• Targeted Cytotoxin for Rare Blood Cancer. Tagraxofusp-ersz (Elonris™, Stemline Therapeutics), a unique, CD123-targeting cytotoxin comprising recombinant IL-3 bound to a truncated diphtheria toxin, was approved for treatment of adult and pediatric patients with blastic plasmacytoid dendritic cell neoplasm (BPDCN), a rare but highly aggressive, hematologic malignancy. This approval was based on results from 2 cohorts of a multicenter, single-arm, phase II trial in patients with untreated or relapsed/refractory BPDCN. In a cohort of 13 patients, 7 (54%) achieved complete remission (CR) or CR with a skin abnormality not indicative of active disease (CRc) following treatment with tagraxofusp. In a cohort of 15 patients, 1 patient achieved CR and 1 achieved CRc. Tagraxofusp will carry a boxed warning regarding increased risk for capillary leak syndrome.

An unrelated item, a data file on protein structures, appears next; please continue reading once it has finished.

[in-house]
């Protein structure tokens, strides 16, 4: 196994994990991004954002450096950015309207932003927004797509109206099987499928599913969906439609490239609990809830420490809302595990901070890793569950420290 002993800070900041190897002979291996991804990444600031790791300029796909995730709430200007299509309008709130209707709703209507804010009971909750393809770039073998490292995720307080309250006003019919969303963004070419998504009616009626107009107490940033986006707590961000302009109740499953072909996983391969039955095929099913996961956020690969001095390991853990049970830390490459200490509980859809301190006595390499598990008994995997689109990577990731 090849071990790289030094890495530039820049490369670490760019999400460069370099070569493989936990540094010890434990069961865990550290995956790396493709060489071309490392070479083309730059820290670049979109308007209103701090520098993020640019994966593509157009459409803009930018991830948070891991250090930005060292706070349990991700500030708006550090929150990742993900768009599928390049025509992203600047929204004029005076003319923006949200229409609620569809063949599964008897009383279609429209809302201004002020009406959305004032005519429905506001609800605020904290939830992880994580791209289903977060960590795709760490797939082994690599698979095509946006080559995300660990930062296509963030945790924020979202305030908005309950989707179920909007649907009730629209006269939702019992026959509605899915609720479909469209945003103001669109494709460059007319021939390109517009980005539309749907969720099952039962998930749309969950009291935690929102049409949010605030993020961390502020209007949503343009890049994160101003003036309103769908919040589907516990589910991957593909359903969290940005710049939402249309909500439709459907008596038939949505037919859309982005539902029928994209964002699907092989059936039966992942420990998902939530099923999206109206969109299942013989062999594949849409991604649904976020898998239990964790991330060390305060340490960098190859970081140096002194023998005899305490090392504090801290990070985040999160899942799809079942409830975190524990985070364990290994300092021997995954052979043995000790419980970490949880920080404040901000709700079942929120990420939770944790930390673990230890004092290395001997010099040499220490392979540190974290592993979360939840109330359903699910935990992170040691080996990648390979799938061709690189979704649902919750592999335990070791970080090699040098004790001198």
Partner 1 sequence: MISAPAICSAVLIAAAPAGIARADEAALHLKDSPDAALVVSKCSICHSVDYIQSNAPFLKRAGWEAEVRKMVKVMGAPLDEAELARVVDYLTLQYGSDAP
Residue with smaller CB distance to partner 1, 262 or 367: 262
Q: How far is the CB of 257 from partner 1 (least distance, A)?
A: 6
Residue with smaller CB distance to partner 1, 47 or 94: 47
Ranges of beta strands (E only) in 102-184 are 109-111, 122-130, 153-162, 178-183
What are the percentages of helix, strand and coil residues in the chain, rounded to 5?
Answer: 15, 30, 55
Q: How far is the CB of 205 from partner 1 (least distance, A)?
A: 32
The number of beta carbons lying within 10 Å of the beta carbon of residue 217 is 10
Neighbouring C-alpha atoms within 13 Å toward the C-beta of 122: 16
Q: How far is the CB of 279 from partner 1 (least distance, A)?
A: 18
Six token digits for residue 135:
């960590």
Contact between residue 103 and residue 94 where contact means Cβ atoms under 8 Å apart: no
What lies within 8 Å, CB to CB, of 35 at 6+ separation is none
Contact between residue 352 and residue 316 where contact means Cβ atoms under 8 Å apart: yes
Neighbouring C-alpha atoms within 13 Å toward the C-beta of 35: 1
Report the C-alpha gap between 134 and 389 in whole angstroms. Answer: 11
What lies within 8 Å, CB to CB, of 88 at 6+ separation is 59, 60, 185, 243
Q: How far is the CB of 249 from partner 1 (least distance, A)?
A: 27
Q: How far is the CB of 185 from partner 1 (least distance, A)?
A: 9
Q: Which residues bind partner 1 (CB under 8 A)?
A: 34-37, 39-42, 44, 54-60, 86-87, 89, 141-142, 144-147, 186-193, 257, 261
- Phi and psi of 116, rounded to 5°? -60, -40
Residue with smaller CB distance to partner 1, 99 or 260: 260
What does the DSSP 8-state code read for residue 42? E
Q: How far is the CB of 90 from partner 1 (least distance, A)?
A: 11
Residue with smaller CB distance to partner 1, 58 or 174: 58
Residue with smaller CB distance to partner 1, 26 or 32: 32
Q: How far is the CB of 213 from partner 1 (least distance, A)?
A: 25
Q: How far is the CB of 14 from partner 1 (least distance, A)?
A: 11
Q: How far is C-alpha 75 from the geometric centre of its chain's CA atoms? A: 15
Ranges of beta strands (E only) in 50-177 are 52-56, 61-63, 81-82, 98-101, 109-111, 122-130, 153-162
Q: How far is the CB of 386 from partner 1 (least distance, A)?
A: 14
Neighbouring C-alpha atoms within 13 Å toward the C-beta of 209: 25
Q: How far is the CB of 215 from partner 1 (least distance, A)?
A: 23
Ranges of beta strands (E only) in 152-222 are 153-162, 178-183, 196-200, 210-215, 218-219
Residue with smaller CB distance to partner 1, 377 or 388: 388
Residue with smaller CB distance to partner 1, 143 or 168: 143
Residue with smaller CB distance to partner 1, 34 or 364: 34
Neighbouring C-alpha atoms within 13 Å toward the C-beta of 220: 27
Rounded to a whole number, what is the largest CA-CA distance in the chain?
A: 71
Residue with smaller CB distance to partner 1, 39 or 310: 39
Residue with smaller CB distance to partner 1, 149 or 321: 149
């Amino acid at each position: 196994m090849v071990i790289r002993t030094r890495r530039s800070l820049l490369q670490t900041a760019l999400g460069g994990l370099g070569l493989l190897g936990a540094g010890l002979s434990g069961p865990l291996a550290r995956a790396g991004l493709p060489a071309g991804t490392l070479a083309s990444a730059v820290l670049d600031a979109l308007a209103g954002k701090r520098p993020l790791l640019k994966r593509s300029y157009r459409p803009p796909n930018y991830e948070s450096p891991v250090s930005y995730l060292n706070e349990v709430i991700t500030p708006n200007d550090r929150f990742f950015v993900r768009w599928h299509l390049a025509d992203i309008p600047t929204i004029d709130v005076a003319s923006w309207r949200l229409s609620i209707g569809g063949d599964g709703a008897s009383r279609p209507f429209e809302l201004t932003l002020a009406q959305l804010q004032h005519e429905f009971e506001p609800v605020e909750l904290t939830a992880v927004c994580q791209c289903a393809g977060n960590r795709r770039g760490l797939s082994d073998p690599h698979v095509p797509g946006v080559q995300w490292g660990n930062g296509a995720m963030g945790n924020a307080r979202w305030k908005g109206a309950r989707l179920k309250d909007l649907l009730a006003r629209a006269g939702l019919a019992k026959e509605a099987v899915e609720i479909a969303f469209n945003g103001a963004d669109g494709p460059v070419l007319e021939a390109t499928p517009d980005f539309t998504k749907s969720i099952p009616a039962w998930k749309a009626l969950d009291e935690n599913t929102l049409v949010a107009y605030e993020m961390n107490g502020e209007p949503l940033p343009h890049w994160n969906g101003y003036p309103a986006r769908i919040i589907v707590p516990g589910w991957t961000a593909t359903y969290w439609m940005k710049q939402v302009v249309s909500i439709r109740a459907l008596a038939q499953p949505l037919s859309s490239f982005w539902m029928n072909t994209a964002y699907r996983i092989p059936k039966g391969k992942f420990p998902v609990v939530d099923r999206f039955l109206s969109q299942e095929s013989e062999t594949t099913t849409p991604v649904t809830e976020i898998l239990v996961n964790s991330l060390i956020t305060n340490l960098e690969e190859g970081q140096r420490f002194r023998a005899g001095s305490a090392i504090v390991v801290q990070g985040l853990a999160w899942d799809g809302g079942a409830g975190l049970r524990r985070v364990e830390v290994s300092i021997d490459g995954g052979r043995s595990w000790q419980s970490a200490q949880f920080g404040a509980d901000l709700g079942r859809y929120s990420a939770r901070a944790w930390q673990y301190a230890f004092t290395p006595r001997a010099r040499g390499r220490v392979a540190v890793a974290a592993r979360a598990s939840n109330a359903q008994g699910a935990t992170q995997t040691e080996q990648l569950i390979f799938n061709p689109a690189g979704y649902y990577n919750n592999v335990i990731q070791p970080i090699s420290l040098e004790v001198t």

• Calasparagase Pegol, a Longer-Lasting Pegasparagase for ALL. The FDA approved calasparagase pegol-mknl (Asparalas®, Servier Pharmacetuicals LLC) to be used as part of a multicomponent chemotherapy regimen for patients aged 1 month to 21 years with acute lymphoblastic leukemia (ALL). Unlike previous pegasparagase products, calasparagase pegol-mknl uses a chemically stable succinimidyl carbonate linker, which allows for a longer interval between doses. Approval was based on data demonstrating that a 2500 mg U/m2 dose given every 3 weeks resulted in achievement and maintenance of nadir serum asparaginase activity above 0.1 U/mL.